January 1, 2018, Israel
(written at Hadassah Hospital, Mount Scopus, Jerusalem)
Every art is a product of the culture which gave birth to it. To understand a work of art, a painting, a sculpture, a poem, a novel, it is crucial to understand the culture in which this art blossomed. Martial arts are no different.
Our style of Krav Maga, which we call IKI Krav Maga, is different. It is not based on memorization, although you do have to remember certain basic concepts and principles. It is not based on one solution for one situation.
What characterizes our system?
Fluidity, flexibility, practicality, continuity with change, sticking to principles but yet always applying them and modifying them as needed, adapting to new realities that were thought of years earlier.
And then it occurred to me; All this is what we call Rabbinic Judaism. My Jewish studies have shaped our approach to Krav Maga and self defense.
Judaism is based on the Torah, the Hebrew Bible. The Bible however is concise and leaves many areas untouched. But the Bible has given the later authorities, scholars, rabbis, the authority to adapt, apply, modify and adjust, but all within the framework of the Bible. We might call this "Change within the context of continuity" (borrowing a phrase from Lawrence Schiffman).
The latter scholars are given the authority of Moshe/Moses himself. As long as they have proven themselves worthy as teachers, and stick within the framework, their authority is binding in each generation. In fact this is explicitly stated in the Bible. "and you shall come to the Cohanim and the Levites and to the judge that shall be in those days and inquire and they shall tell you the sentence of judgment and you shall do according to this judgment" (Deuteronomy Chapter 16, verse 9,10)
Note how the text states, "the judge that shall be in those days". Whoever is the recognized judge, teacher, of that time, his word is binding, no less than Moses himself.
These decisions are binding on the people.
"According to the sentence of the Torah which they shall teach you and according to the judgment which they shall tell you, you shall do. You shall not deviate from the sentence that they shall tell you, to the right, or to the left." (Deuteronomy Chapter 16, verse 11)
In China and Korea they study the Talmud. Yes, this is true. All over the world people are amazed at the Jews. Nearly 2,000 years with no state to call home, persecuted on one hand and enticed into assimilation on the other hand and yet today, after so many years of "the wandering Jew" our tradition still stands. The system works. But how?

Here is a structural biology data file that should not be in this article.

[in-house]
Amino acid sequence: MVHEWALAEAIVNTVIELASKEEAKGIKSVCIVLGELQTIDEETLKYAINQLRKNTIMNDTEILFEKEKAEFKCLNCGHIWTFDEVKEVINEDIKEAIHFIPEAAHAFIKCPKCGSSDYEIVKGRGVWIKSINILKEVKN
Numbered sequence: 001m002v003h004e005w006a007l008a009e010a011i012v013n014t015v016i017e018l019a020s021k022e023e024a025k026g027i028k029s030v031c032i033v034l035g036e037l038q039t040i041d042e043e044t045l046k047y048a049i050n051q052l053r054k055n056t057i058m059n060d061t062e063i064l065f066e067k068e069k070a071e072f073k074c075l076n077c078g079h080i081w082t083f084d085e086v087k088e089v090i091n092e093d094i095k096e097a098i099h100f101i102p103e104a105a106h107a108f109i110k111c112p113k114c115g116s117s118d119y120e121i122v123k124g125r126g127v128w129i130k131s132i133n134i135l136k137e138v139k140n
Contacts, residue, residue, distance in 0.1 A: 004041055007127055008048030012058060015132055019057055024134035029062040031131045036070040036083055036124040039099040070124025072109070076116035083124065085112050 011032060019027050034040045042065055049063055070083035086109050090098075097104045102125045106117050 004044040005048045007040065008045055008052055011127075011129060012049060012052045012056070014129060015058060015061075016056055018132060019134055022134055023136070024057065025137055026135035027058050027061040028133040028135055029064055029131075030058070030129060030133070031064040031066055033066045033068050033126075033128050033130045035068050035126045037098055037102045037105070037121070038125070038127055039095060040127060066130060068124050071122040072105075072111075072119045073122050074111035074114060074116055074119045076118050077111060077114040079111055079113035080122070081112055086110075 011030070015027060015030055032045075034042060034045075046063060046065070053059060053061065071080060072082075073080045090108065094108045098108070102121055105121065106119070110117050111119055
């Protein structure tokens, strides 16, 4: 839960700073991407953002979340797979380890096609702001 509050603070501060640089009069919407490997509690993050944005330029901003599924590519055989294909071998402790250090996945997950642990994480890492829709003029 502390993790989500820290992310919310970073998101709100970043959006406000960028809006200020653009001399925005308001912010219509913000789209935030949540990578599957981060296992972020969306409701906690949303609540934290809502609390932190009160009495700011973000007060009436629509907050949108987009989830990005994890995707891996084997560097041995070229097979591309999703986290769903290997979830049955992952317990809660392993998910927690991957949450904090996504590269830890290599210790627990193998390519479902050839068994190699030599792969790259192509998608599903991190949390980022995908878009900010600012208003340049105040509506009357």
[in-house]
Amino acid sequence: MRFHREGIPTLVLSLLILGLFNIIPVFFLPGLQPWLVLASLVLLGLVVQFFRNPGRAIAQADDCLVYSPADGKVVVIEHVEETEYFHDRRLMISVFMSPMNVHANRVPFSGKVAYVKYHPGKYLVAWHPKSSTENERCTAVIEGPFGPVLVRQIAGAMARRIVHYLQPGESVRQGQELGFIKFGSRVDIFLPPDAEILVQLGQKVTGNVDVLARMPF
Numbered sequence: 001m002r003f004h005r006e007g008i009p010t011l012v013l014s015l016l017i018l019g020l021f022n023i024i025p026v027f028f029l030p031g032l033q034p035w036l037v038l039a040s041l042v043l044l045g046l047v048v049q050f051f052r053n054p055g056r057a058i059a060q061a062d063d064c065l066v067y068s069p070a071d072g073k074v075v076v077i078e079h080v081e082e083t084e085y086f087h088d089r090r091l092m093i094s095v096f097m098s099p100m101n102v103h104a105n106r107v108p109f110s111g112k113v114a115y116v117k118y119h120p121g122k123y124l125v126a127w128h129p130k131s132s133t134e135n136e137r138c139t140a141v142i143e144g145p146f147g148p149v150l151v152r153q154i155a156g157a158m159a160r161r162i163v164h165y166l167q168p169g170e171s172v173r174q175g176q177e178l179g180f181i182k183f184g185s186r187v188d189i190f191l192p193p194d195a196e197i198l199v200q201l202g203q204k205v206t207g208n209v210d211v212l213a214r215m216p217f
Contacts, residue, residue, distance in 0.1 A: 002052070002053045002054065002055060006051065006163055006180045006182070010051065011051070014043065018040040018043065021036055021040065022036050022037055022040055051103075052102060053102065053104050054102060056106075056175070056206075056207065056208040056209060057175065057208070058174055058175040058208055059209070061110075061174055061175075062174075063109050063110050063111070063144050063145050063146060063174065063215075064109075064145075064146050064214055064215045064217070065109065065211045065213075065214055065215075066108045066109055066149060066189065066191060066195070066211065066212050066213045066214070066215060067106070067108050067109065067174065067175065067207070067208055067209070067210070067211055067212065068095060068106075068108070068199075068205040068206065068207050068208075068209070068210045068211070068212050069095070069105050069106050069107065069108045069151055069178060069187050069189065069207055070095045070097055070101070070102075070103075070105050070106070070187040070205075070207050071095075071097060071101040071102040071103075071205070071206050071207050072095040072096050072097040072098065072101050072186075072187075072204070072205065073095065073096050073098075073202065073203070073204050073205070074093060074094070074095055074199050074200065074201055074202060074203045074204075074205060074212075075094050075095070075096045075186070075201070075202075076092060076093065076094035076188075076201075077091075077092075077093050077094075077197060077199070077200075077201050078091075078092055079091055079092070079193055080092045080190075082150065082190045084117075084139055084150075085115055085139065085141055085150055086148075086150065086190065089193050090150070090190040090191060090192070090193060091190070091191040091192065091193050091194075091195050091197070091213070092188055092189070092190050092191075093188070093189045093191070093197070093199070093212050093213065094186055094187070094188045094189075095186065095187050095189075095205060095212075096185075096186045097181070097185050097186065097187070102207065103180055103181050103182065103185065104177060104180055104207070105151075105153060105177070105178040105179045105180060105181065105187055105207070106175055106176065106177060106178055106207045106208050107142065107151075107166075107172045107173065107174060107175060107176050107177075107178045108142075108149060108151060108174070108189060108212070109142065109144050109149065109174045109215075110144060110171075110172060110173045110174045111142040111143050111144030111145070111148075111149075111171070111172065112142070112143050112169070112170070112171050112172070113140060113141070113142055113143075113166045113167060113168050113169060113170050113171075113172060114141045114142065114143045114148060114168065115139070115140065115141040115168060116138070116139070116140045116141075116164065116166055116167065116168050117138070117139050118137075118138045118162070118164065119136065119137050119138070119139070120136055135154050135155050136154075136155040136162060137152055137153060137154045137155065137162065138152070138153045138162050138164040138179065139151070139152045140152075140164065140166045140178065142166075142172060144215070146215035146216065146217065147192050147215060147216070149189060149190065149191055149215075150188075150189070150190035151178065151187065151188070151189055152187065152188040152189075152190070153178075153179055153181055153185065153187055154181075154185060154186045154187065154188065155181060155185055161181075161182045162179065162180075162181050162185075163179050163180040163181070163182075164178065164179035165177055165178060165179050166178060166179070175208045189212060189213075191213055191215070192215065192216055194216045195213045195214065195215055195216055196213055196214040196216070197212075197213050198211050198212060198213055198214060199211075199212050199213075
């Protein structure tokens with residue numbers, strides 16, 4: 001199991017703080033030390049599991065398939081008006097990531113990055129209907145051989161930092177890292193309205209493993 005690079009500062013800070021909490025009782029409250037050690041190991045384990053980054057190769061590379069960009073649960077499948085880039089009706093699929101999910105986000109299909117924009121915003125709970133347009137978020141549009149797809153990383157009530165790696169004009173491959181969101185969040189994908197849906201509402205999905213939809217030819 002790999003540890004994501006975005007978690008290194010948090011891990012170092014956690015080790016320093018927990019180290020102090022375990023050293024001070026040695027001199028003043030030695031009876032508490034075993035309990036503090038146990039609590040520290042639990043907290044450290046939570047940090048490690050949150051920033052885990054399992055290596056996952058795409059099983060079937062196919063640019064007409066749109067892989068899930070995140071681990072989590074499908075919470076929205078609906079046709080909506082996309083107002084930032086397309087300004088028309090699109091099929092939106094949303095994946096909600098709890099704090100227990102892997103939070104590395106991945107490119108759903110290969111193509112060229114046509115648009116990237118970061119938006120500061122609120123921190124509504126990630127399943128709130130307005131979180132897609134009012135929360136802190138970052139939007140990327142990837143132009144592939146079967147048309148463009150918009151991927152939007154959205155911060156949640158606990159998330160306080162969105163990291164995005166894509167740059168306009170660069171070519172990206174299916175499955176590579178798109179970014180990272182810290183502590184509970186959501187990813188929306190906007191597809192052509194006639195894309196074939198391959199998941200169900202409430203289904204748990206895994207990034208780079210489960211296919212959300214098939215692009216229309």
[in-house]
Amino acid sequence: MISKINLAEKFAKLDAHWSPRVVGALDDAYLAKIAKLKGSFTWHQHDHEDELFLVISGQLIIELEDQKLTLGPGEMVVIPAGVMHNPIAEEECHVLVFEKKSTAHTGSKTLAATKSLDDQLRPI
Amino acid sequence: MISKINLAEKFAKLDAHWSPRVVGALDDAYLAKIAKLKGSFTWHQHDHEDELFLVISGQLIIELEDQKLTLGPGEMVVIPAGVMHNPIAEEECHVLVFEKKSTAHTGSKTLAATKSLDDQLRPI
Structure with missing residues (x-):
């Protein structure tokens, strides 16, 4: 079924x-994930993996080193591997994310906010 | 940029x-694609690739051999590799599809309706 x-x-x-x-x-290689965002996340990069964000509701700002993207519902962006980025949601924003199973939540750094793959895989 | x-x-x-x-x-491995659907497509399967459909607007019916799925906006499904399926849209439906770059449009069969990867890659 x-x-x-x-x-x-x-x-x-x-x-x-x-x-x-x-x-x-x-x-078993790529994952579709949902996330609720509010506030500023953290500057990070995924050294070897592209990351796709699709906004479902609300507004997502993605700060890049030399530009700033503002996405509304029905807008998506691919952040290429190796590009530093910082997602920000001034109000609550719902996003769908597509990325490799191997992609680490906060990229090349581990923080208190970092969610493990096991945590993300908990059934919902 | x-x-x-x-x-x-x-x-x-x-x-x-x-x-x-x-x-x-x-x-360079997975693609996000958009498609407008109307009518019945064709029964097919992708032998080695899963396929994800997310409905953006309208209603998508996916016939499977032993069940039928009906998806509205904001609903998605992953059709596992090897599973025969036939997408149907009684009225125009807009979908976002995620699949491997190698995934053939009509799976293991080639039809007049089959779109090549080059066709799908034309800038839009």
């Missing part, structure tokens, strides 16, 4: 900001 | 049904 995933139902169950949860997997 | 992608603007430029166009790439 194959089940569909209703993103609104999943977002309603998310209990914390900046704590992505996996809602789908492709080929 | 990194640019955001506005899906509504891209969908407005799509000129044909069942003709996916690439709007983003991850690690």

How did such an ancient culture, an ancient method of study, survive for so long under the worst conditions? In the Russian Gulag and in the German concentration camps the Torah lived! Under the foot of the Romans, the Greeks, the Muslims, the Christians, the Torah survived. Our lifestyle survived. Our laws and way of life survived, how?
The system is very strict, and yet flexible. Can never be changed, and yet changes all the time.
The nature of our method is that it is both constant and flexibility. All this is built into the system.
We have the written word and the spoken word. The Torah, the Bible as was handed down from God to Moses and from Moses to the leader of each generation, the grand master, if you will. The spoken word gives the law its flexibility, the written word gives it its constancy. The chain of tradition is never broken, and yet the law is not a fossil but a living creature.
"The very nature of Judaism as a civilization, religion, culture, and nation led to the rise of the new ideas and approaches." (From Text to Tradition, Lawrence Schiffman, page 14)
What this means is the system itself creates change, the system itself regenerates itself. A library is a very quiet place, a Jewish library, a Yeshiva, is full of sound; the sound of discussion and passionate debate. We call this "The sound of Torah". It is a most beautiful sound.
The system itself on one hand encourages challenges and yet on the other hand, actually it is the same hand, reveres tradition.
The nature of the system is one that encourages debate, within a framework, and always with solid backing of references. Judaism is a system of life that has the ability to adapt and develop and yet maintain a 4,000 year old tradition where the basic values and concepts remain unchanged.
New situations arise constantly as the world changes. Technology, medical developments, new research creates new knowledge and new challenges. We use our ancient system with its ability to adapt and develop, to address these new realities.
Our Krav Maga system, IKI Krav Maga, uses the very same system. We have our written word, so to speak. We have our rules, concepts and ideas that form a thread that runs through all our techniques; stand up, ground, gun, knife, stick etc.
Our system regenerates itself by being fluid and adaptable and flexible in its nature. However like Judaism one must first prove himself worthy before participating in this discussion, one must study and train and become knowledge enough to express an opinion that others will take seriously. It is a tradition of scholarship.
The world is changing, just as Jews found themselves suddenly living in a radically changed world and had to formulated responses to it, so too must all of us learn to cope with a world that does not remain static. For a system of self defense to be valid it has to have the flexibility to adapt and cope with new challenges. And yet we must also remain true to our guiding principles and values.
It is a system for all, and for all times.
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